By Ian Mason
UNIVERSITY CITY, Missouri — Sorrow, anger and bewilderment were the reactions of visitors Tuesday to an historic Jewish cemetery vandalized over the President’s Day weekend:
According to published reports, the Chesed Shel Emeth Society cemetery in this suburb of St. Louis was vandalized sometime between Friday, Feb. 27 and Sunday, Feb. 29, possibly on Saturday, the Jewish Sabbath day of rest and prayer. The damage was discovered midday on Monday.
Tombstones were found toppled over, broken and smashed. The vandalism took place in a section of the graves that dates back to as early as 1893 and includes survivors of the Holocaust during World War II, according to a report by the local Fox News affiliate.
Police have not yet concluded if the vandalism is a hate crime.
A visit to the cemetery on Tuesday found visitors reacting with shock and sorrow. One unidentified man questioned if this was truly a hate crime or if it was students who didn’t know the implications of what they were doing.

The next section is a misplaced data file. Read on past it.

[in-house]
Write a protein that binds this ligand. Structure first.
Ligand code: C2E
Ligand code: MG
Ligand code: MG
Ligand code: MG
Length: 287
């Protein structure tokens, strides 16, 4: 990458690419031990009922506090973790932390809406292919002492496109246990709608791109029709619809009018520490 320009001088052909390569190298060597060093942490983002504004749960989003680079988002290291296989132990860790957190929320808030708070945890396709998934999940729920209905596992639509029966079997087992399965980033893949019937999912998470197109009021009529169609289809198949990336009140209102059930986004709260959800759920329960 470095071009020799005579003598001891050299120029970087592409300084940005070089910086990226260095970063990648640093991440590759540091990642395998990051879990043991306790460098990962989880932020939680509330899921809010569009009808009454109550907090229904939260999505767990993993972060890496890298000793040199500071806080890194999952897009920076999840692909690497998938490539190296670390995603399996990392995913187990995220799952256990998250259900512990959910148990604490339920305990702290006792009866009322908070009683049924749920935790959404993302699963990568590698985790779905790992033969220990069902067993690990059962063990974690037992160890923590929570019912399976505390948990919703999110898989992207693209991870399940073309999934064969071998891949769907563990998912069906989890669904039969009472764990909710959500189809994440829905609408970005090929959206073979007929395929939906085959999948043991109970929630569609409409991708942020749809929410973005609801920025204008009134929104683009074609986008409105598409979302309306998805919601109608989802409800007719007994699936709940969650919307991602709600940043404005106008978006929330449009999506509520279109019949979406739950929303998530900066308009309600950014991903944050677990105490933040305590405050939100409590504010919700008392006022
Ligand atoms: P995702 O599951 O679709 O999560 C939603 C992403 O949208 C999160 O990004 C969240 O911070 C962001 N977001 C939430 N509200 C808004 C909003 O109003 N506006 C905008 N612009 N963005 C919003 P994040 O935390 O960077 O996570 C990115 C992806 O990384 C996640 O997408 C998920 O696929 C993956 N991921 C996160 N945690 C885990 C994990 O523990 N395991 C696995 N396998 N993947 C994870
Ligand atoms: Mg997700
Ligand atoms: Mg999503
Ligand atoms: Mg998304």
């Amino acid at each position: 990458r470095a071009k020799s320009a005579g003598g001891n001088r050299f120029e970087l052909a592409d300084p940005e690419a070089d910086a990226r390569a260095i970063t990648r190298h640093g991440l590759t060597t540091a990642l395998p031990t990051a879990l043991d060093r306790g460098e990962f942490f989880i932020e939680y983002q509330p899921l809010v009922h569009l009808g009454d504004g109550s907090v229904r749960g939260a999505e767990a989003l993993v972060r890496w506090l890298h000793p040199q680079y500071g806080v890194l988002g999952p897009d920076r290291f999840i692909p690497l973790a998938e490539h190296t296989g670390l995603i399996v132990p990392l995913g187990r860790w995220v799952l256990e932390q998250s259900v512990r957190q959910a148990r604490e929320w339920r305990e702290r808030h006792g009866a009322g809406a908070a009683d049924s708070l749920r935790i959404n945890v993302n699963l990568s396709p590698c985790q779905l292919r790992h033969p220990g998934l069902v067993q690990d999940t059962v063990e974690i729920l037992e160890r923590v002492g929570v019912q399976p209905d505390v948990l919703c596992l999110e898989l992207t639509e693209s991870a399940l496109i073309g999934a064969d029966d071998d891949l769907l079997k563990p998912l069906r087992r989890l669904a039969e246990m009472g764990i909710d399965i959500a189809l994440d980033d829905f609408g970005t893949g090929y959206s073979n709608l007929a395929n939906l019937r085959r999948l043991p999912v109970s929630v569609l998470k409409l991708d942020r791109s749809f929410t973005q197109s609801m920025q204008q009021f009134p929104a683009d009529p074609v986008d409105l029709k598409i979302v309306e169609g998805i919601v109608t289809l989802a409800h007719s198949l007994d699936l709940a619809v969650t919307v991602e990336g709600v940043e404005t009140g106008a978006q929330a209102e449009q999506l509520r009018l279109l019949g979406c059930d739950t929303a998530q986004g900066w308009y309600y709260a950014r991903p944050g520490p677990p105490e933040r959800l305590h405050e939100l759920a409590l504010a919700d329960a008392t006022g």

Another man, also unidentified, talked about how his grandfather, who is buried in the cemetery, fought and died during World War I.
“What did these people do to deserve this?” he asked.
Noa Hahn, a student at nearby Ladue Horton Watkins High School in St. Louis, noted that Muslim groups have begun a fundraiser to help defray the costs of cemetery repairs. The LaunchGood Muslim crowdfunding site reported Thursday that it has collected $116,724, far surpassing its initial goal of $20,000.
“There’s no reason why we can’t love each other,” Hahn said.
The White House spoke out Monday against what Jewish groups say is a rising tide of threats to Jewish Community Centers and other organizations, including 11 bomb threats on Monday alone. According to the JCC Association of North America, there have received 69 threats at 54 centers since January.
On Wednesday Feb. 22, Vice President Mike Pence came to speak at the cemetery, and said the U.S. does not tolerate hatred.
— CNN (@CNN) February 22, 2017
Meanwhile, construction crews moved in to repair the damage:
Scene at Chesed Shel Emeth Jewish Cemetery in U-City. Crews starting to make repairs to vandalized headstones. pic.twitter.com/JX0SmpIvVm
— Chris Regnier (@chrisregniertv) February 21, 2017
—Research and reporting assistance by GSS staff.
—Featured photo: Flowers left at a fence surrounding the Chesed Shel Emeth Society cemetery in University City, a suburb of St. Louis, Missouri. Photo by Ian Mason/GSS correspondent.